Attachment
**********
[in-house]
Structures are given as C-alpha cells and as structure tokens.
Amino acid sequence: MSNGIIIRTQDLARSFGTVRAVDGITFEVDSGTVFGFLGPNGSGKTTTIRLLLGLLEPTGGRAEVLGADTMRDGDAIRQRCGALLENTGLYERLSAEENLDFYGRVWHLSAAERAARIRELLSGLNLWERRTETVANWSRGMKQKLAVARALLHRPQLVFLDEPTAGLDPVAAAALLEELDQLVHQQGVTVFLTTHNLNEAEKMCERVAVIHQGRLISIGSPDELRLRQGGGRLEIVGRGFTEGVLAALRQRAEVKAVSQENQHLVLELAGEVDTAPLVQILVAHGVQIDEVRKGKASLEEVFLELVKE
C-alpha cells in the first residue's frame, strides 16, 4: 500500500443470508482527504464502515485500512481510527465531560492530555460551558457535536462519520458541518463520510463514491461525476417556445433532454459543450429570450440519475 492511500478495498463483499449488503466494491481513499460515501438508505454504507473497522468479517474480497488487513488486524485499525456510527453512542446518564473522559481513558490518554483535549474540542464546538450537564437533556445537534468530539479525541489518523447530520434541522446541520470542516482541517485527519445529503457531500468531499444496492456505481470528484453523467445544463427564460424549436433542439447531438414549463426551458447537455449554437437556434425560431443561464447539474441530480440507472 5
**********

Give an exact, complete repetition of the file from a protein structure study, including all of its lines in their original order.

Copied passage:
[in-house]
Structures are given as C-alpha cells and as structure tokens.
Amino acid sequence: MSNGIIIRTQDLARSFGTVRAVDGITFEVDSGTVFGFLGPNGSGKTTTIRLLLGLLEPTGGRAEVLGADTMRDGDAIRQRCGALLENTGLYERLSAEENLDFYGRVWHLSAAERAARIRELLSGLNLWERRTETVANWSRGMKQKLAVARALLHRPQLVFLDEPTAGLDPVAAAALLEELDQLVHQQGVTVFLTTHNLNEAEKMCERVAVIHQGRLISIGSPDELRLRQGGGRLEIVGRGFTEGVLAALRQRAEVKAVSQENQHLVLELAGEVDTAPLVQILVAHGVQIDEVRKGKASLEEVFLELVKE
C-alpha cells in the first residue's frame, strides 16, 4: 500500500443470508482527504464502515485500512481510527465531560492530555460551558457535536462519520458541518463520510463514491461525476417556445433532454459543450429570450440519475 492511500478495498463483499449488503466494491481513499460515501438508505454504507473497522468479517474480497488487513488486524485499525456510527453512542446518564473522559481513558490518554483535549474540542464546538450537564437533556445537534468530539479525541489518523447530520434541522446541520470542516482541517485527519445529503457531500468531499444496492456505481470528484453523467445544463427564460424549436433542439447531438414549463426551458447537455449554437437556434425560431443561464447539474441530480440507472 5